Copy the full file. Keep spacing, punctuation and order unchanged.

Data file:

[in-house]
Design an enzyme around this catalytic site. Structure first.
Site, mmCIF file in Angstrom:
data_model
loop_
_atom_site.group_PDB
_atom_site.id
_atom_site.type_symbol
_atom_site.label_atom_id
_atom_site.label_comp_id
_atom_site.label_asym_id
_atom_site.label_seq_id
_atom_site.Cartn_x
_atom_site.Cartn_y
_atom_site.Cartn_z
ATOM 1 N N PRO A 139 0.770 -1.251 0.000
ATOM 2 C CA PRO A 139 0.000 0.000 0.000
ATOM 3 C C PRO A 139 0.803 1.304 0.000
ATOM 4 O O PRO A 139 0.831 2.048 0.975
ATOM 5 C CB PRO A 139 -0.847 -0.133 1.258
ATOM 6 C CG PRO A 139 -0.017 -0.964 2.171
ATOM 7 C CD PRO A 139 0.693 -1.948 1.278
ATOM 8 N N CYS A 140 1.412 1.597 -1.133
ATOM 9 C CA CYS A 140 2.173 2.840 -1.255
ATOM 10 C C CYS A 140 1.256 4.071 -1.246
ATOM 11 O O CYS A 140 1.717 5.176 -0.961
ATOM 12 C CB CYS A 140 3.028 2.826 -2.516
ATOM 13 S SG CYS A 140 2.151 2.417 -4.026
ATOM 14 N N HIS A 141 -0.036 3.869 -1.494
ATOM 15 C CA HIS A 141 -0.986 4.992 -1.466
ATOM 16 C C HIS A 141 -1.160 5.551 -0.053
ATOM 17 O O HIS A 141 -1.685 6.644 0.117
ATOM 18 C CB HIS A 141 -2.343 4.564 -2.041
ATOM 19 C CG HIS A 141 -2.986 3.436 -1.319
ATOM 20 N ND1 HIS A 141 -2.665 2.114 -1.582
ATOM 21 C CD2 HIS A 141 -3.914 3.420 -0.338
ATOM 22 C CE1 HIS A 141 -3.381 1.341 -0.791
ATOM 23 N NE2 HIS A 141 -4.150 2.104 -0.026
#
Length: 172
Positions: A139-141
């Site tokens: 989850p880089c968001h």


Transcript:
[in-house]
Design an enzyme around this catalytic site. Structure first.
Site, mmCIF file in Angstrom:
data_model
loop_
_atom_site.group_PDB
_atom_site.id
_atom_site.type_symbol
_atom_site.label_atom_id
_atom_site.label_comp_id
_atom_site.label_asym_id
_atom_site.label_seq_id
_atom_site.Cartn_x
_atom_site.Cartn_y
_atom_site.Cartn_z
ATOM 1 N N PRO A 139 0.770 -1.251 0.000
ATOM 2 C CA PRO A 139 0.000 0.000 0.000
ATOM 3 C C PRO A 139 0.803 1.304 0.000
ATOM 4 O O PRO A 139 0.831 2.048 0.975
ATOM 5 C CB PRO A 139 -0.847 -0.133 1.258
ATOM 6 C CG PRO A 139 -0.017 -0.964 2.171
ATOM 7 C CD PRO A 139 0.693 -1.948 1.278
ATOM 8 N N CYS A 140 1.412 1.597 -1.133
ATOM 9 C CA CYS A 140 2.173 2.840 -1.255
ATOM 10 C C CYS A 140 1.256 4.071 -1.246
ATOM 11 O O CYS A 140 1.717 5.176 -0.961
ATOM 12 C CB CYS A 140 3.028 2.826 -2.516
ATOM 13 S SG CYS A 140 2.151 2.417 -4.026
ATOM 14 N N HIS A 141 -0.036 3.869 -1.494
ATOM 15 C CA HIS A 141 -0.986 4.992 -1.466
ATOM 16 C C HIS A 141 -1.160 5.551 -0.053
ATOM 17 O O HIS A 141 -1.685 6.644 0.117
ATOM 18 C CB HIS A 141 -2.343 4.564 -2.041
ATOM 19 C CG HIS A 141 -2.986 3.436 -1.319
ATOM 20 N ND1 HIS A 141 -2.665 2.114 -1.582
ATOM 21 C CD2 HIS A 141 -3.914 3.420 -0.338
ATOM 22 C CE1 HIS A 141 -3.381 1.341 -0.791
ATOM 23 N NE2 HIS A 141 -4.150 2.104 -0.026
#
Length: 172
Positions: A139-141
């Site tokens: 989850p880089c968001h």